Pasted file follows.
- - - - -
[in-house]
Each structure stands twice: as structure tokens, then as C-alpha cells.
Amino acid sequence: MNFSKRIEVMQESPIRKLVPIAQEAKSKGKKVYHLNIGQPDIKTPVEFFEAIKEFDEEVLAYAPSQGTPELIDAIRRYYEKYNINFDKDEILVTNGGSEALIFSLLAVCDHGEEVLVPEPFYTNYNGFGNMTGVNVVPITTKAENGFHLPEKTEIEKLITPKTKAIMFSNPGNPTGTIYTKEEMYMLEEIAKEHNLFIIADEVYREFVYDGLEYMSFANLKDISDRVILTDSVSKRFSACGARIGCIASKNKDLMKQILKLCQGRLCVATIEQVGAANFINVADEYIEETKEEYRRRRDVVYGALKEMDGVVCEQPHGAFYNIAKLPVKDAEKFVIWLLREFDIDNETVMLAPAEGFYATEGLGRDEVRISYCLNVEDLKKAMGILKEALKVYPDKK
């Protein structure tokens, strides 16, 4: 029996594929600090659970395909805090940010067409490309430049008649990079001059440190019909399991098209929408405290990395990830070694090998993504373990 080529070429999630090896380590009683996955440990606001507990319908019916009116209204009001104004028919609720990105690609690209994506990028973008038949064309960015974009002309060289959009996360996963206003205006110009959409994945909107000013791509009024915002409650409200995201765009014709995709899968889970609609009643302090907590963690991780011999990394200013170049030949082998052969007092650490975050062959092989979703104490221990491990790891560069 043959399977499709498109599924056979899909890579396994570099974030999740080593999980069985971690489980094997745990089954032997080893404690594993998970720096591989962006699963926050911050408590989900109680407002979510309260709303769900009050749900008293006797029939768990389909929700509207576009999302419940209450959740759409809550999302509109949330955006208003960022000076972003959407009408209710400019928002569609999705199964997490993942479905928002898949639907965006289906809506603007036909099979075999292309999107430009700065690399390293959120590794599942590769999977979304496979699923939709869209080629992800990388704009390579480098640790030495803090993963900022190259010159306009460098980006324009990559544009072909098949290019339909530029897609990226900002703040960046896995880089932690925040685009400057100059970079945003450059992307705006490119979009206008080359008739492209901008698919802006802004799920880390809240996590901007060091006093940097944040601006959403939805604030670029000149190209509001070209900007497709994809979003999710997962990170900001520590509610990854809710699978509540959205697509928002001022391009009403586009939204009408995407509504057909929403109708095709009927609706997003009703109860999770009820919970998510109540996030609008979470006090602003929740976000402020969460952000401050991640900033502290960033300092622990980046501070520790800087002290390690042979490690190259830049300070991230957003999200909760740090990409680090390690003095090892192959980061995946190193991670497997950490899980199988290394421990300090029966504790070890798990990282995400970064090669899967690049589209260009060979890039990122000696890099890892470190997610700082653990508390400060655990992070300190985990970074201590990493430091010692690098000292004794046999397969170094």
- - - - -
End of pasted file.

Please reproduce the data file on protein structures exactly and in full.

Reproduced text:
[in-house]
Each structure stands twice: as structure tokens, then as C-alpha cells.
Amino acid sequence: MNFSKRIEVMQESPIRKLVPIAQEAKSKGKKVYHLNIGQPDIKTPVEFFEAIKEFDEEVLAYAPSQGTPELIDAIRRYYEKYNINFDKDEILVTNGGSEALIFSLLAVCDHGEEVLVPEPFYTNYNGFGNMTGVNVVPITTKAENGFHLPEKTEIEKLITPKTKAIMFSNPGNPTGTIYTKEEMYMLEEIAKEHNLFIIADEVYREFVYDGLEYMSFANLKDISDRVILTDSVSKRFSACGARIGCIASKNKDLMKQILKLCQGRLCVATIEQVGAANFINVADEYIEETKEEYRRRRDVVYGALKEMDGVVCEQPHGAFYNIAKLPVKDAEKFVIWLLREFDIDNETVMLAPAEGFYATEGLGRDEVRISYCLNVEDLKKAMGILKEALKVYPDKK
């Protein structure tokens, strides 16, 4: 029996594929600090659970395909805090940010067409490309430049008649990079001059440190019909399991098209929408405290990395990830070694090998993504373990 080529070429999630090896380590009683996955440990606001507990319908019916009116209204009001104004028919609720990105690609690209994506990028973008038949064309960015974009002309060289959009996360996963206003205006110009959409994945909107000013791509009024915002409650409200995201765009014709995709899968889970609609009643302090907590963690991780011999990394200013170049030949082998052969007092650490975050062959092989979703104490221990491990790891560069 043959399977499709498109599924056979899909890579396994570099974030999740080593999980069985971690489980094997745990089954032997080893404690594993998970720096591989962006699963926050911050408590989900109680407002979510309260709303769900009050749900008293006797029939768990389909929700509207576009999302419940209450959740759409809550999302509109949330955006208003960022000076972003959407009408209710400019928002569609999705199964997490993942479905928002898949639907965006289906809506603007036909099979075999292309999107430009700065690399390293959120590794599942590769999977979304496979699923939709869209080629992800990388704009390579480098640790030495803090993963900022190259010159306009460098980006324009990559544009072909098949290019339909530029897609990226900002703040960046896995880089932690925040685009400057100059970079945003450059992307705006490119979009206008080359008739492209901008698919802006802004799920880390809240996590901007060091006093940097944040601006959403939805604030670029000149190209509001070209900007497709994809979003999710997962990170900001520590509610990854809710699978509540959205697509928002001022391009009403586009939204009408995407509504057909929403109708095709009927609706997003009703109860999770009820919970998510109540996030609008979470006090602003929740976000402020969460952000401050991640900033502290960033300092622990980046501070520790800087002290390690042979490690190259830049300070991230957003999200909760740090990409680090390690003095090892192959980061995946190193991670497997950490899980199988290394421990300090029966504790070890798990990282995400970064090669899967690049589209260009060979890039990122000696890099890892470190997610700082653990508390400060655990992070300190985990970074201590990493430091010692690098000292004794046999397969170094």